Third, other reports indicate that Douglas also opposed civil unions. So there is continuity in his opposition to equality. Your attempt to "spin" and "slant" his position as benign does not stand up to history.

Finally, it's preposterous to blame gay people - aka "gay marriage zealots" - for resistance to same-sex marriage. I am not a zealot of any kind -- certainly not a marriage zealot. I would rather see benefits detached from marriage, but this is an issue of equality.

Anonymous said...

So you are saying that you didn't know the other reason? His released statement makes all the reasons pretty clear regardless of what the article did or did not say at this or that time. And, according to the statement, the "economy" was not the "basis" for opposing the legislation.

== quote ==
"Vermont's civil union law has extended the same state rights, responsibilities and benefits of marriage to same-sex couples. I believe our civil union law serves Vermont well and I would support congressional action to extend those benefits at the federal level to states that recognize same-sex unions. But like President Obama and other leaders on both sides of the aisle, I believe that marriage should remain between a man and woman.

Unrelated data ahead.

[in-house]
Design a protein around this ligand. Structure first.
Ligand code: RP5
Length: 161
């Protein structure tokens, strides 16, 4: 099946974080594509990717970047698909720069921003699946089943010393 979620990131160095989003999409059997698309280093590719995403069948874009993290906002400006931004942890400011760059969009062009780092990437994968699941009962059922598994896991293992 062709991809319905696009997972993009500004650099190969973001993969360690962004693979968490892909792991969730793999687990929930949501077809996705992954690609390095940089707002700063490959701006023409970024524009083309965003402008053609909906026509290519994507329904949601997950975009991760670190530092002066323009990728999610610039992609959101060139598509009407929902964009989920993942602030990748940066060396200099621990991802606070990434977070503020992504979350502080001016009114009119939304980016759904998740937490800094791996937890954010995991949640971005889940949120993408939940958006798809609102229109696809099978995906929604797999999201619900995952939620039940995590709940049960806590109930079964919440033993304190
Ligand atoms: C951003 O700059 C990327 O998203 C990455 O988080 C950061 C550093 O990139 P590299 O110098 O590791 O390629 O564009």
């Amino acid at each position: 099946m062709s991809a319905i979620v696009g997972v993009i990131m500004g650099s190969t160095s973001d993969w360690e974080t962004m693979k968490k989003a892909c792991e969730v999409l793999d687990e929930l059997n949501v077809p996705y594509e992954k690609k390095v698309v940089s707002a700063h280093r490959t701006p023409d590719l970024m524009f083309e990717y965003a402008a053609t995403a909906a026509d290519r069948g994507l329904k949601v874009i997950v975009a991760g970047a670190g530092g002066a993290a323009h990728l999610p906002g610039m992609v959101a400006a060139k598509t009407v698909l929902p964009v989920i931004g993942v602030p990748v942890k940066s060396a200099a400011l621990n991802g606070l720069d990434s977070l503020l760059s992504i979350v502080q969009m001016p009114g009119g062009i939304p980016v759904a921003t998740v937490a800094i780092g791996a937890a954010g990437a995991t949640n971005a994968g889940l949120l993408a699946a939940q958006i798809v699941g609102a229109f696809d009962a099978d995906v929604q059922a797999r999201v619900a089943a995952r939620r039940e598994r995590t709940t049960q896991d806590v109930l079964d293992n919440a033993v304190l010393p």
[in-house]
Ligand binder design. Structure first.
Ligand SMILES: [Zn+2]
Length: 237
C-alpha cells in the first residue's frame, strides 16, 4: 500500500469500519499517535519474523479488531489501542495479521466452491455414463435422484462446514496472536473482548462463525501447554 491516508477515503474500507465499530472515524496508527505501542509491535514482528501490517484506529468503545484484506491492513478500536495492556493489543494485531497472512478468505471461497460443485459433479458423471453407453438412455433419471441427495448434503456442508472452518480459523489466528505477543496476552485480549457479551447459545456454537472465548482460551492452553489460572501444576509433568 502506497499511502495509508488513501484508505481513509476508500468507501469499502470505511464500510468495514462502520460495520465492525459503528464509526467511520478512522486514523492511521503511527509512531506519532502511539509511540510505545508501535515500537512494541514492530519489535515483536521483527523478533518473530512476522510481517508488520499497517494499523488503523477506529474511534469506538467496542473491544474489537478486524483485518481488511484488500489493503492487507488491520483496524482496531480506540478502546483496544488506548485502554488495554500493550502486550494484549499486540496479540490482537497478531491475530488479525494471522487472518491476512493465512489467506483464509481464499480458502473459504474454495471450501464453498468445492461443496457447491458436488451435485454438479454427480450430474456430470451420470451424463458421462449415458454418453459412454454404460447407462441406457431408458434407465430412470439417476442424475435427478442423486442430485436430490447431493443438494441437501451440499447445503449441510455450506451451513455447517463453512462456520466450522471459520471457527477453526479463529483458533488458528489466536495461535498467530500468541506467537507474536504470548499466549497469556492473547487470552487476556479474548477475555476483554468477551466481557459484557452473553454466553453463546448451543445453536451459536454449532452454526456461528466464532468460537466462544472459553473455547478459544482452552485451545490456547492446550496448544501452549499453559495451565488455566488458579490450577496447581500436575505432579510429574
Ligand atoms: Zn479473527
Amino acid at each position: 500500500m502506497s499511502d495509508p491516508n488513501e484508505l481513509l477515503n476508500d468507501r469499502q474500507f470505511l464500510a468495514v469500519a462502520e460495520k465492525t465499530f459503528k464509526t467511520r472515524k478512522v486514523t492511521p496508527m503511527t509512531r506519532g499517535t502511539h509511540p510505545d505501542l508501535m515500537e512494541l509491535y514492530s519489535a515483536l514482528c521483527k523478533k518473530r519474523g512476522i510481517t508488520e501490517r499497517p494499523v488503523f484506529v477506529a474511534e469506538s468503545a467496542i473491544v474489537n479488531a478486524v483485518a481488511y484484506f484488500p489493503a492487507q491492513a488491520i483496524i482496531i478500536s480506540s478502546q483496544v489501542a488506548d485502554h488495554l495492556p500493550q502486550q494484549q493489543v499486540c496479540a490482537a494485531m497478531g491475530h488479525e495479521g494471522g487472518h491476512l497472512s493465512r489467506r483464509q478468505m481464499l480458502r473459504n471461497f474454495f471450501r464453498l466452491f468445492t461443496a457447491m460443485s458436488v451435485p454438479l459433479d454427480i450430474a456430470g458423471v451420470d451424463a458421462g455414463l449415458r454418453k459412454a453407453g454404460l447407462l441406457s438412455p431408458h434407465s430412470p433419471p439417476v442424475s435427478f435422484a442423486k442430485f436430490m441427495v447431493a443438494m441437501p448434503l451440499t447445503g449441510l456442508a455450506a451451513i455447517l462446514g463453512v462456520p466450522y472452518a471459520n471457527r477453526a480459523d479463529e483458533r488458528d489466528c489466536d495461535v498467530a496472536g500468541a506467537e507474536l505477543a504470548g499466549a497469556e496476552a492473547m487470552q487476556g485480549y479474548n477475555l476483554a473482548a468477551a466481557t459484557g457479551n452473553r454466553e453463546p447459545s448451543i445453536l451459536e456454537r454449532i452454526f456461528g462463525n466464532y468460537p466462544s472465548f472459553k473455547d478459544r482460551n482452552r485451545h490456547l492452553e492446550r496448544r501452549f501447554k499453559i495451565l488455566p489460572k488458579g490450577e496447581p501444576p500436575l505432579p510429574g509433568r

"As you know, it's been a policy of mine not to announce whether or not I will veto a bill before it reaches my desk. But during these extraordinary times, the speculation about my decision has added to the anxiety of the moment and further diverts attention from our most pressing issues - and I cannot allow that to happen.

"For those reasons and because I believe that by removing any uncertainty about my position we can move more quickly beyond this debate, I am announcing that I intend to veto this legislation when it reaches my desk.
== endquote==

The entire statement:

http://www.wcax.com/Global/story.asp?S=10071356&nav=4QcRbg3i

seems to me to be long, detailed, considered and anything but a cop-out. It is a full and forthright statement of his position on the issue and an announcement of his intent. Would that we had as much honestly from all politicians.

Nor is it "preposterous" to blame, not gay people, but "gay marriage zealots" for being constantly hoist by their own petard. Their cowardly street responses in Los Angeles to the Prop 8 vote condemns them, not I.

Anonymous said...

That would be me above. You're commenting mechanism is quite wonky currently and I have to resort to the anonymous choice to get it to work.